Please comment on the following quote from Act 5 of Pygmalion by George Bernard Shaw.
In Act 5 Higgins states: "The great secret, Eliza, is not having bad manners or good manners or any other particular sort of manners, but having the same manner for all human souls: ..." How does this statement help the reader to understand Higgins better?
Excellent answer above. Higgins, in many ways, resembles Shaw himself. He represents the tradition of science, which sees all people as equal, as against conventional society, in which people are distinguished by money and inherited position. Higgins is concerned with the science of linguistics, and can train Eliza to speak in the accent of a duchess, but cannot actually help her understand the nuances of social relationships, to which he himself is utterly oblivious. Higgins' analysis of language and social class functions satirically to skewer the pretensions of British society, in which people were judged to a great degree by whether they had the "right accent." "Pygmalion" also addresses nineteenth-century theories of Indo-European philology in which the character of people was assumed to be determined to a certain degree by racial characteristics attributed to linguistic groups. In showing that Pickering transforms Eliza more than Higgins, Shaw is supporting a theory of cultural and environment influence on character against the racial theories of "folk" character. Shaw himself was quite interested in linguistic questions, and for many years was very involved in an unsuccessful crusade to simplify and rationalize English spelling.
This is a very good quote to select to consider the character of Higgins in this play. Note the context of this quote is the way in which Eliza protests that Pickering "treats a flower girl as if she were a duchess." Pickering has shown her that the outer transformation of people is not important. Thus, the way she talks and dresses is insignificant in terms of changing her. What is important, and what secures the transformation, is how a person is treated by others. Note Eliza's complaint:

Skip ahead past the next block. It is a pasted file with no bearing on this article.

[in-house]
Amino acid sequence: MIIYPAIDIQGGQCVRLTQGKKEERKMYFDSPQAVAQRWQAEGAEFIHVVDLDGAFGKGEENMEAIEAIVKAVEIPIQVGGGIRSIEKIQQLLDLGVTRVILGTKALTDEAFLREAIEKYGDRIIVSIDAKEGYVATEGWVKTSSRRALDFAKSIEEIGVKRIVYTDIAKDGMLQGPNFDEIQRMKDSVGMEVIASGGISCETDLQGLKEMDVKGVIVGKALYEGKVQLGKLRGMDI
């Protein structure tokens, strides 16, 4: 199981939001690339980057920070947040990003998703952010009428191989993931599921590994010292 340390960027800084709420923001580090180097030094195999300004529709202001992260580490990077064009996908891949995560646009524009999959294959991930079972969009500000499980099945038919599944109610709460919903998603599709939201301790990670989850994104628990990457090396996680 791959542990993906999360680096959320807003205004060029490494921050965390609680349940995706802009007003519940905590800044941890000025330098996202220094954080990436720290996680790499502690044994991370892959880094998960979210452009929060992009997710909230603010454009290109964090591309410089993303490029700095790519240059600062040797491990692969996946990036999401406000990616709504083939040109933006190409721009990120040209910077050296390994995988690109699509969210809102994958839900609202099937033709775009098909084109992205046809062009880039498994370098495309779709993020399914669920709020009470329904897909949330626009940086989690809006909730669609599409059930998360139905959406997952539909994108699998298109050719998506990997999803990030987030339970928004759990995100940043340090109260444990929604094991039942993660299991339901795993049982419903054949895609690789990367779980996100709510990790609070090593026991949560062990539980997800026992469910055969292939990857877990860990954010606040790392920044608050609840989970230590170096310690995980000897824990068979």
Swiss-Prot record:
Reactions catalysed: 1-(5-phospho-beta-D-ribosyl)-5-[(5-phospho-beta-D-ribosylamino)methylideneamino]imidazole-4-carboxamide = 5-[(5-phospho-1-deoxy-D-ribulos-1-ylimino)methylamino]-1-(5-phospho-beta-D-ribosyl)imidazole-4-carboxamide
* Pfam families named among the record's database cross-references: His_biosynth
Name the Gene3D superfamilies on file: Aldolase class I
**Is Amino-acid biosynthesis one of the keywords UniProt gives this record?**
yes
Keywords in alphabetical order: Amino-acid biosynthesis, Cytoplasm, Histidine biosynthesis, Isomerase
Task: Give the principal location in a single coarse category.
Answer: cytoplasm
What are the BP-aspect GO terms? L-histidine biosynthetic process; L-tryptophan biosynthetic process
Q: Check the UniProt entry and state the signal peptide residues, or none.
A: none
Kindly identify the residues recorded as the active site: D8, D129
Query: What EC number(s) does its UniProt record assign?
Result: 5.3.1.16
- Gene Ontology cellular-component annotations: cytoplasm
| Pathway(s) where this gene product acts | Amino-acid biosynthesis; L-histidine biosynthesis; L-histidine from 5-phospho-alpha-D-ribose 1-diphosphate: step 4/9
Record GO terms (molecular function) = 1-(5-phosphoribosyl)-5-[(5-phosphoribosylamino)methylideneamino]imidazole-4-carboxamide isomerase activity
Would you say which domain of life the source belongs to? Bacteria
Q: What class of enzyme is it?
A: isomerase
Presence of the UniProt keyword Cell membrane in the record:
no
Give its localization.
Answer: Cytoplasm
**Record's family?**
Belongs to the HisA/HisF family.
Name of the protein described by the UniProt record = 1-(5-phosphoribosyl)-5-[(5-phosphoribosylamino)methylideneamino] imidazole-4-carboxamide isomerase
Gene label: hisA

I shall always be a flower girl to Professor Higgins, because he always treats me as a flower girl, and always will; but I know I can be a lady to you, because you always treat me as a lady, and always will.
In response to this charge, Higgins protests that actually this is unfair. He treats everybody the same, regardless of their appearance or position in life. Higgins summarises the way he treats everyone in the following pithy comment:
...in short, behaving as if you were in Heaven, where there are no third-class carriages, and one soul is as good as another.
Thus we can see that Higgins is presented as an irrascible, arrogant and provocative individual, who has treated Eliza badly, as she observes. However, the real question is asked by Higgins:
The question is not whether I treat you rudely, but whether you ever heard me treat anyone else better.
Higgins looks upon everybody else with equal annoyance and arrogance. Eliza is no exception. The only reason he manages to get away with this is that he is at his core a good and harmless individual.
Thank You so much. :)